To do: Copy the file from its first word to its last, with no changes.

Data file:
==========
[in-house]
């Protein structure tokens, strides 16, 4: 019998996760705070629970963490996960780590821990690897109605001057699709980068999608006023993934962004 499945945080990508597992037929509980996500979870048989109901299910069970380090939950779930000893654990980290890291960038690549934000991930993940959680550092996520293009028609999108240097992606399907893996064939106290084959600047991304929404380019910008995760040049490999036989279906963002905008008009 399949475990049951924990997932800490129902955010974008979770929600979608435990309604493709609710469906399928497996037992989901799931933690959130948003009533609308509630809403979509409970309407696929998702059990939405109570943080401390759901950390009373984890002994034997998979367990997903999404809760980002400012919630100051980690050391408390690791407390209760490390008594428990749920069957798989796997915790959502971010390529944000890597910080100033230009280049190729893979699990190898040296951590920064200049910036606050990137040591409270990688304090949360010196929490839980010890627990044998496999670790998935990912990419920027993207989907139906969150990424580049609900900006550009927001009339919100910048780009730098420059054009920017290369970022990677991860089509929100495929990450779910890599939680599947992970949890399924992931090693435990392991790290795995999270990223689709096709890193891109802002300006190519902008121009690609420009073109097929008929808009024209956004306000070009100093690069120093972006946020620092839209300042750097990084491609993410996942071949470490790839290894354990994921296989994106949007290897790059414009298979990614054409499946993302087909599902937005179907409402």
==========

[in-house]
């Protein structure tokens, strides 16, 4: 019998996760705070629970963490996960780590821990690897109605001057699709980068999608006023993934962004 499945945080990508597992037929509980996500979870048989109901299910069970380090939950779930000893654990980290890291960038690549934000991930993940959680550092996520293009028609999108240097992606399907893996064939106290084959600047991304929404380019910008995760040049490999036989279906963002905008008009 399949475990049951924990997932800490129902955010974008979770929600979608435990309604493709609710469906399928497996037992989901799931933690959130948003009533609308509630809403979509409970309407696929998702059990939405109570943080401390759901950390009373984890002994034997998979367990997903999404809760980002400012919630100051980690050391408390690791407390209760490390008594428990749920069957798989796997915790959502971010390529944000890597910080100033230009280049190729893979699990190898040296951590920064200049910036606050990137040591409270990688304090949360010196929490839980010890627990044998496999670790998935990912990419920027993207989907139906969150990424580049609900900006550009927001009339919100910048780009730098420059054009920017290369970022990677991860089509929100495929990450779910890599939680599947992970949890399924992931090693435990392991790290795995999270990223689709096709890193891109802002300006190519902008121009690609420009073109097929008929808009024209956004306000070009100093690069120093972006946020620092839209300042750097990084491609993410996942071949470490790839290894354990994921296989994106949007290897790059414009298979990614054409499946993302087909599902937005179907409402």